Brown prides itself on its open curriculum. The idea of engineering one’s own path through one’s undergraduate education appeals to and attracts high school students from all over the country and the world. Students can feel confident that the administration trusts them, as mature adults, to decide how to best pursue their academic and life goals. Students are able to study what they value and enjoy, avoiding undesirable courses that may or may not help the student meet any of his or her goals. However, this academic freedom is challenged by a stricter and unnecessary writing requirement.
The class of 2015 and beyond must take at least two courses that require significant writing, designated WRIT, during their Brown career, and one of these courses must be in their first semester. Professors must decide whether their courses should be designated as WRIT, and then a committee reviews syllabi to approve this distinction. The list of WRIT-designated courses is by no means exhaustive of Brown’s writing courses; there exist numerous classes that require writing, but do not fulfill the requirement.
I am not arguing that writing is unimportant. Writing skills are essential for many, if not most, careers. However, there are many problems with such a requirement. For one thing, the requirement does not necessarily improve students’ writing skills. The vast majority of students can pass a WRIT course without improving their writing. Writing a few papers does not guarantee that one’s writing skills will improve or even that one shows competency in writing. Those students who really wish to improve their writing will do so on their own, with or without a writing requirement.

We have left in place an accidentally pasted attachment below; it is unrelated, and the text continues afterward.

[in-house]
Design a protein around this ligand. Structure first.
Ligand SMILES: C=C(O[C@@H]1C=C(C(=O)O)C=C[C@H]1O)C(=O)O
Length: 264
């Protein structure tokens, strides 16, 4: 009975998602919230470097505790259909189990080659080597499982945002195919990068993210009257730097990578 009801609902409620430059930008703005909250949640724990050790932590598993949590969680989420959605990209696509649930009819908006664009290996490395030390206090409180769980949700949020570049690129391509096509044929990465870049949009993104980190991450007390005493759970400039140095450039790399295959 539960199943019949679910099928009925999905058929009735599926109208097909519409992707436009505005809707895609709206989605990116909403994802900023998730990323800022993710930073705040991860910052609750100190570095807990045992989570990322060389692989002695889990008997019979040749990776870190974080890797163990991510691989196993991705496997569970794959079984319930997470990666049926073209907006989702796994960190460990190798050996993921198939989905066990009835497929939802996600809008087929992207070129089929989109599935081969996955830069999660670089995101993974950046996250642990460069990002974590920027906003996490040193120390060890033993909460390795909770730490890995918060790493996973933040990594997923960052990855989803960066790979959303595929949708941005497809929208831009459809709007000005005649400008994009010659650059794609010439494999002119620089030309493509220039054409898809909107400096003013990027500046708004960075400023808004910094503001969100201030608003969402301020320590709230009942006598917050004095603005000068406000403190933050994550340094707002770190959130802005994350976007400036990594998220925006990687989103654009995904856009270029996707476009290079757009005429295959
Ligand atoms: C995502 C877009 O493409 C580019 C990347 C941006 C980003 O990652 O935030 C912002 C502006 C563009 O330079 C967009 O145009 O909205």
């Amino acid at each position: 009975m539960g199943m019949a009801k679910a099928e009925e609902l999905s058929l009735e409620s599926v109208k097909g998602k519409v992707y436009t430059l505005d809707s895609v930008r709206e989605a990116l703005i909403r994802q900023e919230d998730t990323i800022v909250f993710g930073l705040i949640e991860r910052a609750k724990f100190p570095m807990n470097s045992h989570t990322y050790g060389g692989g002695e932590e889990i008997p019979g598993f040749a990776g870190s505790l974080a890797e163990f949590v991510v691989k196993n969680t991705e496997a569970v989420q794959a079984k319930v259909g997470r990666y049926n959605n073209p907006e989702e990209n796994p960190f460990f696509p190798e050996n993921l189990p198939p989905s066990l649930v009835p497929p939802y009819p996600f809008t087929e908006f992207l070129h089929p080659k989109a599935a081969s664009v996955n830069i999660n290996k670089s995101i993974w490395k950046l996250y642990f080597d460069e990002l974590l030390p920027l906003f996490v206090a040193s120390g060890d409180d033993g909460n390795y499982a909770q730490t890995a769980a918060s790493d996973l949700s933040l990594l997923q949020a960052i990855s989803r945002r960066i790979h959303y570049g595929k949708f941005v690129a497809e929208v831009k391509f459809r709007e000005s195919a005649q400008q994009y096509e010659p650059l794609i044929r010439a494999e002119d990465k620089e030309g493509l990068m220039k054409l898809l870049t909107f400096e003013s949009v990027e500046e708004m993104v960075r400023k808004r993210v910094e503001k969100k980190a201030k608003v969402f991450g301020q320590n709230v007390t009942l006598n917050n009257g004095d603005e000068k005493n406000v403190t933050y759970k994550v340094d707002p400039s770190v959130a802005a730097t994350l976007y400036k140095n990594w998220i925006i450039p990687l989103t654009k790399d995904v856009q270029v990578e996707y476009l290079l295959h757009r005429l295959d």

Effectiveness aside, the writing requirement contradicts the spirit of the open curriculum. While writing is important, it is not the only skill that students should develop in college. I would argue that math skills are also extremely important, yet the University does not require students to demonstrate math skills. This is because, of course, the University trusts us to make our own decisions regarding the development of our skillset during our time at Brown. Why does this same logic not apply to writing skills?
Adding requirements to our requirement-less curriculum is a slippery slope. How will our curriculum evolve from here? Perhaps the University will decide that math skills are also too important to allow students to disregard should they choose. How much could one more requirement hurt? Such changes, over an extended period of time, could push our curriculum to a standard rigid liberal arts program and destroy what makes Brown such a unique university.